How to use Git rebase on your personal project

Published on March 20, 2021

I had to change some of my Git history because I had used the wrong Github user to push some changes to personal projects. I just needed to change the user that committed the code without changing any of the other history. I don’t use rebase very often so here are my notes on this.

It’s ok to make changes like this to master/main branch on personal projects because you’re the only person using the repository.

But you probably don’t want to do this on anything other than a feature branch when you’re working in repo with many other users. You could really mess up some of your colleagues work. It’s most likely that your master branch is locked against making destructive changes anyway.

Superpower tip - First create a restore marker or tag if you’re unsure of rebasing

Rebase changes your Git history. This is destructive and you want to be able to revert it if you’re not happy at the end.

I highly recommend creating a “restore point” tag to go back to if you need it. You wont need this for every rebase but it’s really handy for tricky ones.

git tag REBASERESTORE_20210320_DARRAGH

Now you can undo the rebase later with

git reset --hard REBASERESTORE_20210320_DARRAGH

Find the last commit that was good

Find the hash of the commit that was ok. This is the commit just before the one(s) you need to change.

Start the rebase by using interactive

git rebase -i f56f4c6c370d6c80ce35d1300fb8fde7b7a442f1

Output from Git interactive below. Using the defaults Git will open a text editor in the console showing you the commits that can be changed.

You will edit the lines in the file describing the changes you want to make and then save the file.

  GNU nano 2.0.6 File: ...ordan-com/.git/rebase-merge/git-rebase-todo

pick d6a295d change date
pick 1464991 migrate to gatsby v3

# Rebase 17c9b0e..1464991 onto 17c9b0e (2 commands)
#
# Commands:
# p, pick <commit> = use commit
# r, reword <commit> = use commit, but edit the commit message
# e, edit <commit> = use commit, but stop for amending
# s, squash <commit> = use commit, but meld into previous commit
# f, fixup <commit> = like "squash", but discard this commit's log message
# x, exec <command> = run command (the rest of the line) using shell
# b, break = stop here (continue rebase later with 'git rebase --continue')
# d, drop <commit> = remove commit
# l, label <label> = label current HEAD with a name
# t, reset <label> = reset HEAD to a label
# m, merge [-C <commit> | -c <commit>] <label> [# <oneline>]

Deleting commits in Git rebase interactive

To delete a commit completely just comment out the line with #. e.g.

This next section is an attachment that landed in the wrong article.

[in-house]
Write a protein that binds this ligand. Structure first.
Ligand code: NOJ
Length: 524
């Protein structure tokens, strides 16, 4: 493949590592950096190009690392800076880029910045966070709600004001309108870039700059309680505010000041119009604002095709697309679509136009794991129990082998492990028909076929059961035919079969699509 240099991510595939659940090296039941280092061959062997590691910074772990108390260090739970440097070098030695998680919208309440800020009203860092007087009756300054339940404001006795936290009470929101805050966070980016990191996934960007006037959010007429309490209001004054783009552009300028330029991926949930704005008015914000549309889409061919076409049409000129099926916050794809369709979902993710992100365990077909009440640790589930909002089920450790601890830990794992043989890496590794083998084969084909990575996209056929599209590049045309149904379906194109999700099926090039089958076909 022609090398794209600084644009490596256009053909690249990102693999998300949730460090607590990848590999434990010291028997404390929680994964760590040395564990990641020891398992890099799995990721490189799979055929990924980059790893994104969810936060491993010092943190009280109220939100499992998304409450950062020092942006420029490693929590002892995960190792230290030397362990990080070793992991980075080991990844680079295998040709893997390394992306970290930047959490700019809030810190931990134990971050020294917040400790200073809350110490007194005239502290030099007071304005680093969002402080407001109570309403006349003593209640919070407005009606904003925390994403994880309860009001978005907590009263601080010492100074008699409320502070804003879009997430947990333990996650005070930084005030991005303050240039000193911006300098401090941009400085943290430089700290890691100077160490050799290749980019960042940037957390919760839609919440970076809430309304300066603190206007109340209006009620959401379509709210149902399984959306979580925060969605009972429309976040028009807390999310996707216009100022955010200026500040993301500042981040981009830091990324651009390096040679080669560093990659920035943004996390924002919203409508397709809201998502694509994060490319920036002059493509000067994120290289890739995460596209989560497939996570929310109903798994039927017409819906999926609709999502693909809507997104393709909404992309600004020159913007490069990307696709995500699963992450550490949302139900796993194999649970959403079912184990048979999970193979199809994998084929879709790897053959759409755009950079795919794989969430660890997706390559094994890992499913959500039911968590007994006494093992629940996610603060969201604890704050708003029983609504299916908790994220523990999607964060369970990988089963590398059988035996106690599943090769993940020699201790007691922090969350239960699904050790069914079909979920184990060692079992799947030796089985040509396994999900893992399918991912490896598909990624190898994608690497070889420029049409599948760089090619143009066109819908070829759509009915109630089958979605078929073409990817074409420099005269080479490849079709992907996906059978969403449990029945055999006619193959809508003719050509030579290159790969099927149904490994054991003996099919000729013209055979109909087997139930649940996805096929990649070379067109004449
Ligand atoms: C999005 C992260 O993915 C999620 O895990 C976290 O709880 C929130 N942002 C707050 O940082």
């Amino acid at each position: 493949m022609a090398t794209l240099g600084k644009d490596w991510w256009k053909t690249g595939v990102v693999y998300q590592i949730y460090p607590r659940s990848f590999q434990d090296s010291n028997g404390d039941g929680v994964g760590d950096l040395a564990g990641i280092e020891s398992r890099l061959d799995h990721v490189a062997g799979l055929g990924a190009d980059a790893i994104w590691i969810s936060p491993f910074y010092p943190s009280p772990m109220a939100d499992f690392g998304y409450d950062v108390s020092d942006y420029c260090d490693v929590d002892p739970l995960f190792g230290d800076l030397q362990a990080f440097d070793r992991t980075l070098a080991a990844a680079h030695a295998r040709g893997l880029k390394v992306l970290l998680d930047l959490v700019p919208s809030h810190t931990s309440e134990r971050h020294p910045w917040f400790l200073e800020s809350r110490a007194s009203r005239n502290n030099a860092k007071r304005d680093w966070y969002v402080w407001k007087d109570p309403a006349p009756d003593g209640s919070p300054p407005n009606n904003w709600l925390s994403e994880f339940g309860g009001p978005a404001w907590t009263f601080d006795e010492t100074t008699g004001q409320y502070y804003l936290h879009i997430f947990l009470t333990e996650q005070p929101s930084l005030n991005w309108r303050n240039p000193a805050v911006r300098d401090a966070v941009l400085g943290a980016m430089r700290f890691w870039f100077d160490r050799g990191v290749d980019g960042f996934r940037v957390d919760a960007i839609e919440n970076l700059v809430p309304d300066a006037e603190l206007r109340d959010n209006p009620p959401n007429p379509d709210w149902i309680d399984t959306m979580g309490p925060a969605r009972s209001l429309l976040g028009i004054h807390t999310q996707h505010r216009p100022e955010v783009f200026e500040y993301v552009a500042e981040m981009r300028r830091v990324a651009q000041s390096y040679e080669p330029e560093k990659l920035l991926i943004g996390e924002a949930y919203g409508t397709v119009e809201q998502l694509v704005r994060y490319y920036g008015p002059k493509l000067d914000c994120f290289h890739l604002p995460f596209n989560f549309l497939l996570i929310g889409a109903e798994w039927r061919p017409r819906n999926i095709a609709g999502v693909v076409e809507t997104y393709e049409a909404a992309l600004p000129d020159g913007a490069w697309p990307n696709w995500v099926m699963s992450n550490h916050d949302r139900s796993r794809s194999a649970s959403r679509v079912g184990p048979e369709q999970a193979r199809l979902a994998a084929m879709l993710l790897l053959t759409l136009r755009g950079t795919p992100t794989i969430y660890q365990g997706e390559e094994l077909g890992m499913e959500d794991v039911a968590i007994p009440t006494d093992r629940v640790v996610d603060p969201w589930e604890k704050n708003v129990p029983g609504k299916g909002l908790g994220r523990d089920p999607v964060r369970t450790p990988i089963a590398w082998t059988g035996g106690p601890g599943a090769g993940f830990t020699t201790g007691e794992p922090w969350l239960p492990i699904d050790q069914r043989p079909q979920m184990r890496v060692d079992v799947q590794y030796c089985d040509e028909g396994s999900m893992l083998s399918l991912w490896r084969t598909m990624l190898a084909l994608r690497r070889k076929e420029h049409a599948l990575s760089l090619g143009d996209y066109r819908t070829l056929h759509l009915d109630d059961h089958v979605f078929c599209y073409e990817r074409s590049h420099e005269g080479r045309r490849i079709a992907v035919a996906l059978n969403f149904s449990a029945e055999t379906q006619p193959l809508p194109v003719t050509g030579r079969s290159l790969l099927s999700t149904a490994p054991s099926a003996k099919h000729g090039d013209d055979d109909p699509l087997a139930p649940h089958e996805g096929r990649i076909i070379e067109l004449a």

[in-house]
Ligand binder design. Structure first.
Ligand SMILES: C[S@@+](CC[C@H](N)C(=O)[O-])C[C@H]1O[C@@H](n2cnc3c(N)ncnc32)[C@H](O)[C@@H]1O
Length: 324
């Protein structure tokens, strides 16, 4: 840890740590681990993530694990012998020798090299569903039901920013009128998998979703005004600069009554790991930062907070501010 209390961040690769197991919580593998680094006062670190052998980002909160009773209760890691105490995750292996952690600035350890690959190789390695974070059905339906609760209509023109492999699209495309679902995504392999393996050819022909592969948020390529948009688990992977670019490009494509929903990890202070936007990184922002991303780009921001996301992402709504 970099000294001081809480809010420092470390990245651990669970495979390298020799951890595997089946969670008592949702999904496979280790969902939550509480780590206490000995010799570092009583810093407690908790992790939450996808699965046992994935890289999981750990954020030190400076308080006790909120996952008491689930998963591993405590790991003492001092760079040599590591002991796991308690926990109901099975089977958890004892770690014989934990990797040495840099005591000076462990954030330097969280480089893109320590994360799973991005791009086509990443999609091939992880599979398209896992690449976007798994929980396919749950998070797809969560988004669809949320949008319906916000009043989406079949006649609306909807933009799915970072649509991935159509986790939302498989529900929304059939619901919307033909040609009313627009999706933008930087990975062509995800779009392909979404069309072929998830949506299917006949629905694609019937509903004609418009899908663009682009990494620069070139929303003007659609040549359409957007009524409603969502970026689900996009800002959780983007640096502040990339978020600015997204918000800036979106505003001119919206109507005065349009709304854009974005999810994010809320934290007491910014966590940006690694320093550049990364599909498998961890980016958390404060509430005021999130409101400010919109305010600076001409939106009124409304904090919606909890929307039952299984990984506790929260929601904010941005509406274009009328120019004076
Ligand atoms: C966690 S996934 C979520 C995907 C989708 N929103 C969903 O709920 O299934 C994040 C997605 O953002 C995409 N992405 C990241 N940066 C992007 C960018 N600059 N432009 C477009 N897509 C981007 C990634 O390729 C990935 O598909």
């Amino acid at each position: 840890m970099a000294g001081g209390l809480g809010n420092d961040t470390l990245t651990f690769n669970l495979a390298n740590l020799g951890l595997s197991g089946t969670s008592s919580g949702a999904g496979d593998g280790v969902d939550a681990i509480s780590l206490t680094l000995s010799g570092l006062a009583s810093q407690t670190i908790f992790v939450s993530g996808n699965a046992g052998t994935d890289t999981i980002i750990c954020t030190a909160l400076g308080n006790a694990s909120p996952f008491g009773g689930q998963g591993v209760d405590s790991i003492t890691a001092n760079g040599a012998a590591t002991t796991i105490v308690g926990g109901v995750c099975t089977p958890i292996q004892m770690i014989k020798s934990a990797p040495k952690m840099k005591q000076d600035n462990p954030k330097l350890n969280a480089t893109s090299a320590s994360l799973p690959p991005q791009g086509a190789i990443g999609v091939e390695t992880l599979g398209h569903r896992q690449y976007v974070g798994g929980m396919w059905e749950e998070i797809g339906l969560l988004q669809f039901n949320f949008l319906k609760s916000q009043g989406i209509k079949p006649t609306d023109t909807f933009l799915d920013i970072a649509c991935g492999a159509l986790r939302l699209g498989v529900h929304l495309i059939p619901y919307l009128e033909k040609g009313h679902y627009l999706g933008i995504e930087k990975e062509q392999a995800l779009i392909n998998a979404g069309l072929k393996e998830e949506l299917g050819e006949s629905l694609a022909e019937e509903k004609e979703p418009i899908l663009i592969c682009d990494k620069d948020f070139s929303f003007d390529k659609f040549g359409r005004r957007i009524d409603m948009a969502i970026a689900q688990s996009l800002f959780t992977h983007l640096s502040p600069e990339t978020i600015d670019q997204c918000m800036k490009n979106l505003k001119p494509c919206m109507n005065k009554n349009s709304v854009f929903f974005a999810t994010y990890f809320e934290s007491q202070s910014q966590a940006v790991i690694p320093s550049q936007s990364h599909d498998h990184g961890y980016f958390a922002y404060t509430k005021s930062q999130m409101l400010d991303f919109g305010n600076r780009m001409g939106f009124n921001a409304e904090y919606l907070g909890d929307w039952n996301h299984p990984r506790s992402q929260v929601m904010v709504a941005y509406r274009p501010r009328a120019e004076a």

GNU nano 2.0.6 File: ...ordan-com/.git/rebase-merge/git-rebase-todo

# pick d6a295d change date
pick 1464991 migrate to gatsby v3

Git will delete this commit. Make sure you really want this. The code is gone.

Changing the author of commits in Git rebase interactive

To change the author you must set the commit to edit (or e)

  GNU nano 2.0.6 File: ...ordan-com/.git/rebase-merge/git-rebase-todo

e d6a295d change date
pick 1464991 migrate to gatsby v3

Rebasing the commits to the previous commit in Git rebase interactive

To combine the commit with the previous commit you use rebase (or r). This can be useful if you need to edit the name on many commits because you can just combine them into one first. Then do another rebase afterwards to change the author of one commit.

  GNU nano 2.0.6 File: ...ordan-com/.git/rebase-merge/git-rebase-todo

r d6a295d change date
r 1464991 migrate to gatsby v3

Save rebase configuration

You need to save the file. In nano use ctrl-o and use the name Git suggests by just pressing enter. Then press ctrl-x to exit the editor. This might be different for you depending on operating system or your settings.

Rebase interactive will start running through each of your requests one-by-one.

Working through interactive edits

For each commit that you chose to edit (e) Git will ask you what changes you want to make. To change the author use

git commit --amend --author="Darragh O'Riordan <darragh.oriordan@gmail.com>" --no-edit

Note the --no-edit here. This is important. If you don’t use --no-edit then Git will create a NEW commit with your changes. We don’t want this. We just want to edit the existing commit.

Now Git will suggest you move on to the next commit you asked to edit so we ask it to continue

git rebase --continue

Keep going until the rebase command finishes. Git will print a message when it’s done.

Successfully rebased and updated refs/heads/master.

Pushing the changes

So you’re all done. Now you might need to update the origin.

Make sure you know that it’s safe to push these changes to your origin.

It’s probably safe if you’re on a feature branch only you have worked on or if it’s a personal project that only you commit to. Just push with —force.

git push --force

Aborting a rebase

You can abort in the interactive stage with

git rebase --abort

Undoing or reverting a messed up Git rebase

OK so this will vary depending on what you’ve done.

If you have created a restore point you can go back to that

git reset --hard REBASERESTORE_20210320_DARRAGH

If you just realized you did something wrong right after seeing Successfully rebased and updated refs/heads/master then you can probably use a restore point that Git automatically creates for us at ORIG_HEAD.

git reset --hard ORIG_HEAD

Please note that running this again will go back to the next ORIG_HEAD before the last reset, rebase or merge so be careful.

If you don’t have either of those available then you might be in trouble.

Darragh ORiordan

Hi! I'm Darragh ORiordan.

I live and work in Sydney, Australia enjoying the mountains and the ocean.

I build and support happy teams that create high quality software for the web.

Contact me on Twitter!


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